Behold Princess Sicilia, A Legend

Behold Princess Sicilia! A legend thought to have originated in post Byzantine times (c. 535 CE to c 827 CE). 

Long ago, along the sun kissed eastern coast of the Mediterranean, perhaps on the shores of modern-day Lebanon, a baby girl was born to a noble family. Her proud parents named her Sicilia. The couple’s joy, however, was tainted by an oracle which reported that during the beautiful child’s fifteenth year, she would die at the hands of the ravenous monster, Greco Levante, unless they set her alone upon a boat and pushed her out to sea. (The mythical monster, Greco Levante, often described as the east-northeast wind, is a metaphor for the insatiable and greedy Byzantine governors, who heavily taxed the Sicilian people.)

To avoid such a fate, Sicilia’s parents, through tears and remorse on her fifteenth birthday, launched the young woman aboard a sailboat into the Mediterranean. After three treacherous months through blazing sun, harsh winds, and battering rains, Sicilia’s supplies were exhausted and her spirit was defeated. Weak and weary, she accepted death as her fate. Then suddenly, the Scirocco winds pushed her vessel upon a golden, sandy beach.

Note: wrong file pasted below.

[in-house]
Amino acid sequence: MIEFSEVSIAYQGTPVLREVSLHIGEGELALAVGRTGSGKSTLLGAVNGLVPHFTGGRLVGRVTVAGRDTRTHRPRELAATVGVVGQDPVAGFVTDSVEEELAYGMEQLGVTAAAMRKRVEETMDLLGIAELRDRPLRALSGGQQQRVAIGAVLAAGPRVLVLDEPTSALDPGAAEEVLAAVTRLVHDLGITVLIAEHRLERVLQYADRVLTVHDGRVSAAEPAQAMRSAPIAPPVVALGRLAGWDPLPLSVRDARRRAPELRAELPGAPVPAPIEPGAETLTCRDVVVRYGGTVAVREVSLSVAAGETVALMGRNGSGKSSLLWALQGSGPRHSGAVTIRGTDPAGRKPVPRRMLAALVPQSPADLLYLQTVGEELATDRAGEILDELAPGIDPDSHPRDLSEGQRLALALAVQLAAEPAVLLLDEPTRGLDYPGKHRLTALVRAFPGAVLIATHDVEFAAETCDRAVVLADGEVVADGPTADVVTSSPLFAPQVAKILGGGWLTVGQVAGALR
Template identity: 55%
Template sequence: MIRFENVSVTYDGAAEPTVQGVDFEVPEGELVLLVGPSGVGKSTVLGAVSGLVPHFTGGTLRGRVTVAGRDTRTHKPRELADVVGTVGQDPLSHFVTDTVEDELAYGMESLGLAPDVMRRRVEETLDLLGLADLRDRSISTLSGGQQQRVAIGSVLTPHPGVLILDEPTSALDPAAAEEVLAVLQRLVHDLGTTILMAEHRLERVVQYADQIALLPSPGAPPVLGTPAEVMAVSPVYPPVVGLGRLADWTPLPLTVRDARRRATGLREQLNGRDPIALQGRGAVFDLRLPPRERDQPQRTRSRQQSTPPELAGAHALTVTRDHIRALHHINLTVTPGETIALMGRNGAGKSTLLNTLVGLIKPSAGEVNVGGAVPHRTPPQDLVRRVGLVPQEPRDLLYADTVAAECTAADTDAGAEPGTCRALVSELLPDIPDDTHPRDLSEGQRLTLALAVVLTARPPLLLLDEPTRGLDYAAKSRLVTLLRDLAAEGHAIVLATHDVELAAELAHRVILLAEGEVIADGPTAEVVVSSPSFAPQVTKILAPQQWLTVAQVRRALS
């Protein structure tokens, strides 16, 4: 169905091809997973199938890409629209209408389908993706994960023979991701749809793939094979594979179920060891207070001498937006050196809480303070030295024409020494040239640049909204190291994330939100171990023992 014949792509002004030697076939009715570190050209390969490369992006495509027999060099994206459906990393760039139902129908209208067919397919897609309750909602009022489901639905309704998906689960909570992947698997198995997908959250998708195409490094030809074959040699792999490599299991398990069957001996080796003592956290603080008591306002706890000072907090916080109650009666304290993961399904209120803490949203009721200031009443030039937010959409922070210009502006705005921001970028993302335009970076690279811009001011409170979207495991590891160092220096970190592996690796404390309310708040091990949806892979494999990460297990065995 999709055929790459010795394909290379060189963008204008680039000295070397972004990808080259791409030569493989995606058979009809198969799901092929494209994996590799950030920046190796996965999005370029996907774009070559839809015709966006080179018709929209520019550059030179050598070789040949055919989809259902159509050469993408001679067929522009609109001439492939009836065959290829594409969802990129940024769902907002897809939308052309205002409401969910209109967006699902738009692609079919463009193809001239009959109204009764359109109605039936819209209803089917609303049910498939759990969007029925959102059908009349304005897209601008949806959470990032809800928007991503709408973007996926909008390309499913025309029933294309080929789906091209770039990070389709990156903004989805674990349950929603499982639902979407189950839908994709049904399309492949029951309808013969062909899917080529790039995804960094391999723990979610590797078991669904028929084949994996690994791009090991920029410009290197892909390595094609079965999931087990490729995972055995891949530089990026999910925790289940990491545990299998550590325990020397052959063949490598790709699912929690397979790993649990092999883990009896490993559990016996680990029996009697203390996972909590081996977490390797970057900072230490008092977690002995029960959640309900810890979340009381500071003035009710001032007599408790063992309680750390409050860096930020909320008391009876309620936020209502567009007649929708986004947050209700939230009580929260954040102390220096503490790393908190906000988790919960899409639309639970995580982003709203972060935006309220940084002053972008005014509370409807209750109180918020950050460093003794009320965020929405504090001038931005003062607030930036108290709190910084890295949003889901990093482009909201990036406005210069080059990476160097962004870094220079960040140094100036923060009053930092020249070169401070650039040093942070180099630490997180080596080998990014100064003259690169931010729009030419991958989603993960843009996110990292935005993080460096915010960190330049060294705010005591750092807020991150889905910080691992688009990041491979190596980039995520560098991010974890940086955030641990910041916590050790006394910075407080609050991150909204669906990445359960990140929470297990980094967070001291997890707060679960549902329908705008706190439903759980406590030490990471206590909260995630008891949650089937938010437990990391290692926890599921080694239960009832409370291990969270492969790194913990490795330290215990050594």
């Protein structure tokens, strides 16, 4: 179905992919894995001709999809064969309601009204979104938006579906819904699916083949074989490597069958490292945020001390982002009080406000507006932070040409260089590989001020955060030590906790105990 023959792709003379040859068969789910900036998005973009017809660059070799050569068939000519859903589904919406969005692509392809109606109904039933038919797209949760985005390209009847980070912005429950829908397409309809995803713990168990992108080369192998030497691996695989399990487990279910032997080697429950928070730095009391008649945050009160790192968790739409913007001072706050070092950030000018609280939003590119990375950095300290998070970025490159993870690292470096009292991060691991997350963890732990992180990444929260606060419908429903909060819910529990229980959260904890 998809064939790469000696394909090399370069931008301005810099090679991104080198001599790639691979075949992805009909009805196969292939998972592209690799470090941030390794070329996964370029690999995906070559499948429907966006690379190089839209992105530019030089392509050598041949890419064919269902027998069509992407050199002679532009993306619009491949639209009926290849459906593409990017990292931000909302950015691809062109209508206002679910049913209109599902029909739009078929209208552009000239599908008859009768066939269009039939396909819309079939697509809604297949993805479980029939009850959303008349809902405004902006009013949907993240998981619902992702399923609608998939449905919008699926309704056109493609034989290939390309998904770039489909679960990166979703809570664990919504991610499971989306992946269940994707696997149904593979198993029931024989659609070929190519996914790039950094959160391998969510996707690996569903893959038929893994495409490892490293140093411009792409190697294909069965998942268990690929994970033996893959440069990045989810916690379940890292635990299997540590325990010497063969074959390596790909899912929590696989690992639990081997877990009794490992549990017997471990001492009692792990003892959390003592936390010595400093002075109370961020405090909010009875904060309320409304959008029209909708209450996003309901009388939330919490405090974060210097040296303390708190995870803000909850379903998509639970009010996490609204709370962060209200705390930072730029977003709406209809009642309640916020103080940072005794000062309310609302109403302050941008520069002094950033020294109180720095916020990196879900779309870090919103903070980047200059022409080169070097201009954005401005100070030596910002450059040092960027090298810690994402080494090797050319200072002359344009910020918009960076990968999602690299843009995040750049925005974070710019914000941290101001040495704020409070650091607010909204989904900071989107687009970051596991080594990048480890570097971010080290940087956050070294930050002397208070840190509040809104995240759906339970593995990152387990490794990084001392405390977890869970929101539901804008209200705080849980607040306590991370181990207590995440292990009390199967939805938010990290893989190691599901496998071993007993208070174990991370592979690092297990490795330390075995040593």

A land abundant with colorful fruits and vegetables and tens of trees blooming with vibrant flowers greeted her. Delighting in sweet figs and swollen grapes, Sicilia regained her strength, but soon, a profound loneliness fell upon her—the shores of this place were completely uninhabited!

She began to cry uncontrollably at the irony of it all. Then, at that moment, a young man appeared. Sicilia was immediately comforted by his gentle demeanor and sound voice. The young man was heartened by her presence because, he explained, he was the only survivor from a severe plague that killed all of his loved ones and countrymen.

The two soothed each other’s sorrow, and inspired by the princess and their rapport, the young man decided to rename the vibrant land Sicilia. With time, it became clear that the gods desired the young couple’s union so they could repopulate the magnificent land with noble, gentle, and respectful citizens–better than those who had lived before the plague.

(Image of Princess Siciia from the Arches of Easter in San Biagio Platani, Agrigento, Sicily)

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